November 1, 2016
CRESTVIEW — After more than three years of intensive agency-wide effort, the Crestview Police Department became officially accredited Oct. 26 during a meeting of the Florida Law Enforcement Accreditation Commission.
The Crestview Police Department and the Okaloosa County Sheriff’s Office are the only two accredited departments of the seven law enforcement agencies in the county. Crestview Police is the largest municipal police force in the county.
Police Chief Tony Taylor accepted the certification during the commission’s regional meeting in Westin on behalf of the entire department.
“When I first got appointed chief, one of my goals was accreditation,” Taylor said.
On Oct. 1, 2012, Taylor took over a police department that had recently undergone a corruption scandal that led to the termination of his predecessor, the indictment and ultimate conviction of a top operations officer, and subsequently suffered from low officer morale and public mistrust.
“There was a lot of attention needed,” Taylor said. “There was a lot of housecleaning that needed to be done, and we had to regain the public’s trust.”
One of the first steps toward accreditation was establishing new departmental procedures and policies and training police officers and administrative personnel in their requirements.
“A lot of policies were outdated,” Taylor said. “We had to get everybody—officers and citizens—used to the idea of being accredited and what it means. We had to address some of the culture that was left behind by the previous administration.”
The public education component of the process included addressing misconceptions about what accreditation encompasses—and what it costs.
“One businessman was concerned because he had heard rumors it was going to cost taxpayers $200,000 for us to become accredited,” Taylor said.
In fact, revising and updating policies and procedures cost less than $6,000, Taylor said. Maintaining and updating the guidelines will cost between $500 and $600 a year over the course of the three-year accreditation period, after which the agency will face recertification, he added.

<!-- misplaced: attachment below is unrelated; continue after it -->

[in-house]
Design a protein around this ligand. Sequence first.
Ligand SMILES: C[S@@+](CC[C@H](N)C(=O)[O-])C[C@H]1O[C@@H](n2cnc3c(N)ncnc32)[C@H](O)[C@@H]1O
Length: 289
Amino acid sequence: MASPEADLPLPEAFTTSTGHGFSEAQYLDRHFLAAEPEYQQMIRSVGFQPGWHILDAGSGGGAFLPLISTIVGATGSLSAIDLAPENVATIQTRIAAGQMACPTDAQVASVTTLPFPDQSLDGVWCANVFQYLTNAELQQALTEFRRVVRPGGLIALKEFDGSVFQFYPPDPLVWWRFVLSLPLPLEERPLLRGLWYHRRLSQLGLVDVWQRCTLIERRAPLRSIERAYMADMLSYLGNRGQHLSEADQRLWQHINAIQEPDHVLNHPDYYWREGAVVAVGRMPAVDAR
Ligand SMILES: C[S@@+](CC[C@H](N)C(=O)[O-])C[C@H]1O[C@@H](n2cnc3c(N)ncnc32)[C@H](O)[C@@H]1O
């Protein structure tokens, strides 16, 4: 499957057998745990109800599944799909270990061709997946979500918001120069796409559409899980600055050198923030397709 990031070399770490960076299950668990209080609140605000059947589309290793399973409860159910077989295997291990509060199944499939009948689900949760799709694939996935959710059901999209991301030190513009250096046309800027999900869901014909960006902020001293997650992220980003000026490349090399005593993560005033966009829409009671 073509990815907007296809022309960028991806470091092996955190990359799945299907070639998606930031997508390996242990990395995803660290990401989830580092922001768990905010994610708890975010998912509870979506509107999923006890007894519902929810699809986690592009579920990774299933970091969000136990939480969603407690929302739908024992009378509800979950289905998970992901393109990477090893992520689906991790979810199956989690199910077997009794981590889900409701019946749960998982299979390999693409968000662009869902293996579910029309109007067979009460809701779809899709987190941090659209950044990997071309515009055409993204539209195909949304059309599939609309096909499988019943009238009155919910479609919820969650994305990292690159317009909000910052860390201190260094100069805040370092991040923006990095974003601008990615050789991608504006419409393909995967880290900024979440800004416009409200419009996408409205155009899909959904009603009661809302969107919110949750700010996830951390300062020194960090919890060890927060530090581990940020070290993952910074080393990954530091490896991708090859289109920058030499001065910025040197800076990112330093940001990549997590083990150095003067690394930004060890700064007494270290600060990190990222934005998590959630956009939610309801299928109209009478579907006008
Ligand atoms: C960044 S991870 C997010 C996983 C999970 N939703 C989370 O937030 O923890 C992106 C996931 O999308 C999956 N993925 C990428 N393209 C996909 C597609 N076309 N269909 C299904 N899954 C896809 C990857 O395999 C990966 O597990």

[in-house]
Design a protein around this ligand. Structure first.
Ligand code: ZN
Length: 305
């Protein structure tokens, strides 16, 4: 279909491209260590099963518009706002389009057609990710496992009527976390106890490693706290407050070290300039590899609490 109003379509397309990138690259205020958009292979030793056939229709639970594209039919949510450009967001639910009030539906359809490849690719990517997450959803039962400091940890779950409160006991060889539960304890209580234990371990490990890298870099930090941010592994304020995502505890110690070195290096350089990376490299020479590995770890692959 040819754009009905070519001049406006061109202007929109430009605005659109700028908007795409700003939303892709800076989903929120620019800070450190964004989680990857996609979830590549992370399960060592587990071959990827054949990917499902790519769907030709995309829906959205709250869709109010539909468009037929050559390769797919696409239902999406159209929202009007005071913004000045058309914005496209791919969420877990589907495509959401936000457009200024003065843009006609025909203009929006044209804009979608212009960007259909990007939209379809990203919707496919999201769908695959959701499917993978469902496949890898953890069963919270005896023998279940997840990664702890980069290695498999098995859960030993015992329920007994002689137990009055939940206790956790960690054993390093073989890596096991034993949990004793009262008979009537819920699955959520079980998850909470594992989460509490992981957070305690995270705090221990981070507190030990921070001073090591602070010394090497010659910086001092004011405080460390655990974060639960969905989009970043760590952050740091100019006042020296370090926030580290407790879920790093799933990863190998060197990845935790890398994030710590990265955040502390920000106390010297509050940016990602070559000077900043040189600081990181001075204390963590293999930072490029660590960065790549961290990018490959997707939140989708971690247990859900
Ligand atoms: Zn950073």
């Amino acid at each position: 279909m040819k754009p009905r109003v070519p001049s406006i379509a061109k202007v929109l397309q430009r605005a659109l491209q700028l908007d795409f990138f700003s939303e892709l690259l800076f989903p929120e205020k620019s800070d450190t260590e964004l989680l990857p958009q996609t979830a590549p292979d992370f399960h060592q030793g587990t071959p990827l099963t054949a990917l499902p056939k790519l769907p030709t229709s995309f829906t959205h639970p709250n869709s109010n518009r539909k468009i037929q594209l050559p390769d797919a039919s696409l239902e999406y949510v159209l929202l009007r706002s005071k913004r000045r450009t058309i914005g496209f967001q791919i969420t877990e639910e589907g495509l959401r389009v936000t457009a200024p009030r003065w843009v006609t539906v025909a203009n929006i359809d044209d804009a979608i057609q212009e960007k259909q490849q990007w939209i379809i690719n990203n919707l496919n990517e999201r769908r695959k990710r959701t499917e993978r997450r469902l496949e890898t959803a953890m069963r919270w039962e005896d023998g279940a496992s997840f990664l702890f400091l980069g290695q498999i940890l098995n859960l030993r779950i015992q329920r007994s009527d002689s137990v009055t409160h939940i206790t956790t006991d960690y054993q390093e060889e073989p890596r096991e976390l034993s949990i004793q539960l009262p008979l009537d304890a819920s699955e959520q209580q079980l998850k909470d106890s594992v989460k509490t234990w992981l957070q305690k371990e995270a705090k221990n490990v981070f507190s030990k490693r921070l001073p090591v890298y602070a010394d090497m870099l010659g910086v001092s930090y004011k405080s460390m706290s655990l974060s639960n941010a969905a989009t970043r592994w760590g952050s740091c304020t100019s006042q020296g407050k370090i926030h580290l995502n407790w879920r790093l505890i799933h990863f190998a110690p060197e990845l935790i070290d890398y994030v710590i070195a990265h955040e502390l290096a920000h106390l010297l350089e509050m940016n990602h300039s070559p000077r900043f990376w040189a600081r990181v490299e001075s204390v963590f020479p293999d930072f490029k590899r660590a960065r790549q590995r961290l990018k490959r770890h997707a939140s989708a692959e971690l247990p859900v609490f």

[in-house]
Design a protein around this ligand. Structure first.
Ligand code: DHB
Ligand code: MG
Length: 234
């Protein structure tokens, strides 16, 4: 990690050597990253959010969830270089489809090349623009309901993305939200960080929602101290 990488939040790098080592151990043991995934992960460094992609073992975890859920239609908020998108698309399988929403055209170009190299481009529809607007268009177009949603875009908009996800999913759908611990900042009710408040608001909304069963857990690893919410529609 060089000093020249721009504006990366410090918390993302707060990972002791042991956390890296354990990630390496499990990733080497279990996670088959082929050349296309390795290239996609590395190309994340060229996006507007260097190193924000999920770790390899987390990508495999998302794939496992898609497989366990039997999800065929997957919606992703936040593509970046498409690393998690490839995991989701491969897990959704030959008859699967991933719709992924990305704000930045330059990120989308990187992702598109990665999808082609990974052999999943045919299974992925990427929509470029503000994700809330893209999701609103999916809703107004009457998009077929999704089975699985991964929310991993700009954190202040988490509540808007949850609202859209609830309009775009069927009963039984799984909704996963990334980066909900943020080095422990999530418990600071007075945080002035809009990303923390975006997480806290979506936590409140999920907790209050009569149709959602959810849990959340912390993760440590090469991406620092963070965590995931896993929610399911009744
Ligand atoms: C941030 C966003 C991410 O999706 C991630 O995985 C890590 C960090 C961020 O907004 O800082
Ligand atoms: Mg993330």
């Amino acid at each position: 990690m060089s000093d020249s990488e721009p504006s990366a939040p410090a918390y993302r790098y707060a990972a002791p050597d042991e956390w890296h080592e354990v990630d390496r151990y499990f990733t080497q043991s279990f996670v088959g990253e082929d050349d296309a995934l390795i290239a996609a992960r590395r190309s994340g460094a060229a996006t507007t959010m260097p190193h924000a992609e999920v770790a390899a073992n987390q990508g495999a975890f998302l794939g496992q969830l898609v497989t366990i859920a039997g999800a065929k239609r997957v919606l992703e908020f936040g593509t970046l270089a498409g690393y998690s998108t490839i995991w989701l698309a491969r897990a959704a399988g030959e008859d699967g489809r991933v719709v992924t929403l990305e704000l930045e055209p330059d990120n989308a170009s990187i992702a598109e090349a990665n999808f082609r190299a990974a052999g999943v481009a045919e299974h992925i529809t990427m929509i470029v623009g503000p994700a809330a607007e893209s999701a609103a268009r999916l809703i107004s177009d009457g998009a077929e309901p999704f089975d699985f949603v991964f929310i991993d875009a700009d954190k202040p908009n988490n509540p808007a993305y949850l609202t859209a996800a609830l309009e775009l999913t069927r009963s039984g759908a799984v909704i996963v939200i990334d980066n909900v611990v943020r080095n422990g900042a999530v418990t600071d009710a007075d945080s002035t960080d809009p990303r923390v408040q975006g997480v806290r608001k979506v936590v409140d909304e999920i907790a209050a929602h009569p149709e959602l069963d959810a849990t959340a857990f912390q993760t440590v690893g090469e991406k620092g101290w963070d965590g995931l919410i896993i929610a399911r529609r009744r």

“Most of it is a policing philosophy and living by that philosophy,” Taylor said. “We have to provide proof we’ve been living by our policies.”
As the Crestview Police Administrative Division Commander, Commander Andrew Schneider is also the department’s accreditation manager, who oversaw the process from an operational standpoint.
“I appreciate all of the hard work and dedication from everyone during this accreditation process,” Schneider said. “As a result, effective Oct. 26, 2016, the Crestview Police Department and more importantly, the officers, investigators, auxiliary and reserve officers, dispatchers, records clerks, administrative staff, volunteers and all other employees are officially members of an accredited agency.”
Florida Law Enforcement Accreditation Commission assessors cited the Crestview Police Department’s outreach to the community and subsequent community support among factors leading to the department’s accreditation. Successfully putting the scandals of 2011-12 behind them has also enhanced the department’s stature within the law enforcement position.
Coupled with higher starting pay for new officers, the appeal of accreditation has begun attracting new recruits to the agency.
“We’ve had several people apply only to Crestview (Police),” Taylor said. “In the past you’d get out of the academy and blanket the Panhandle with applications.”
Taylor and Schneider said the agency’s officers and administrators have no intentions of resting on their laurels as they look toward reaccreditation in 2019.
“What we’re doing is holding ourselves accountable to higher standards than those expected by the community,” Taylor said. “If it (accreditation) was easy, it wouldn’t be worth doing.”